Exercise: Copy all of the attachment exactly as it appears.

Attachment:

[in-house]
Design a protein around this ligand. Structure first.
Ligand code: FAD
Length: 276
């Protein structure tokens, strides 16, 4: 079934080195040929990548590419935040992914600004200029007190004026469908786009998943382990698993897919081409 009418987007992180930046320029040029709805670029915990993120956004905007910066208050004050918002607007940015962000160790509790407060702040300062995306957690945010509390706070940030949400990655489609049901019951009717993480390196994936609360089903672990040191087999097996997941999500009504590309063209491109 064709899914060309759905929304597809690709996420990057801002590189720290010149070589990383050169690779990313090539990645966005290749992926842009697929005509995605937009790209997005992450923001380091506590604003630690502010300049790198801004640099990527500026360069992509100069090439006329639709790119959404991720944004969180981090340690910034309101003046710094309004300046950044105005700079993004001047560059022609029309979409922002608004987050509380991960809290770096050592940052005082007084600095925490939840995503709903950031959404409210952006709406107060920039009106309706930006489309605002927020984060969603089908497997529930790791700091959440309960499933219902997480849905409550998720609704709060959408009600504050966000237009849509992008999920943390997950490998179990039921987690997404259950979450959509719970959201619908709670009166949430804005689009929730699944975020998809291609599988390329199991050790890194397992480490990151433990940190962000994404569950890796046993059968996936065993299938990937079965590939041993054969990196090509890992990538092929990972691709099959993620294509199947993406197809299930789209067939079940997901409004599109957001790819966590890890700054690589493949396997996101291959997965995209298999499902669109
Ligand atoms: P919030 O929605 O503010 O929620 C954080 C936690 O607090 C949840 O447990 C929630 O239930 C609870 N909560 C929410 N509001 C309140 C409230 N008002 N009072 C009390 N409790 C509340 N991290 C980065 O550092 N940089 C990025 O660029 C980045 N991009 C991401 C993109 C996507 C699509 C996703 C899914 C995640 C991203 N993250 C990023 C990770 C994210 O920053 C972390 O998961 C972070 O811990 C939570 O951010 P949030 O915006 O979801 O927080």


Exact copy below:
[in-house]
Design a protein around this ligand. Structure first.
Ligand code: FAD
Length: 276
């Protein structure tokens, strides 16, 4: 079934080195040929990548590419935040992914600004200029007190004026469908786009998943382990698993897919081409 009418987007992180930046320029040029709805670029915990993120956004905007910066208050004050918002607007940015962000160790509790407060702040300062995306957690945010509390706070940030949400990655489609049901019951009717993480390196994936609360089903672990040191087999097996997941999500009504590309063209491109 064709899914060309759905929304597809690709996420990057801002590189720290010149070589990383050169690779990313090539990645966005290749992926842009697929005509995605937009790209997005992450923001380091506590604003630690502010300049790198801004640099990527500026360069992509100069090439006329639709790119959404991720944004969180981090340690910034309101003046710094309004300046950044105005700079993004001047560059022609029309979409922002608004987050509380991960809290770096050592940052005082007084600095925490939840995503709903950031959404409210952006709406107060920039009106309706930006489309605002927020984060969603089908497997529930790791700091959440309960499933219902997480849905409550998720609704709060959408009600504050966000237009849509992008999920943390997950490998179990039921987690997404259950979450959509719970959201619908709670009166949430804005689009929730699944975020998809291609599988390329199991050790890194397992480490990151433990940190962000994404569950890796046993059968996936065993299938990937079965590939041993054969990196090509890992990538092929990972691709099959993620294509199947993406197809299930789209067939079940997901409004599109957001790819966590890890700054690589493949396997996101291959997965995209298999499902669109
Ligand atoms: P919030 O929605 O503010 O929620 C954080 C936690 O607090 C949840 O447990 C929630 O239930 C609870 N909560 C929410 N509001 C309140 C409230 N008002 N009072 C009390 N409790 C509340 N991290 C980065 O550092 N940089 C990025 O660029 C980045 N991009 C991401 C993109 C996507 C699509 C996703 C899914 C995640 C991203 N993250 C990023 C990770 C994210 O920053 C972390 O998961 C972070 O811990 C939570 O951010 P949030 O915006 O979801 O927080």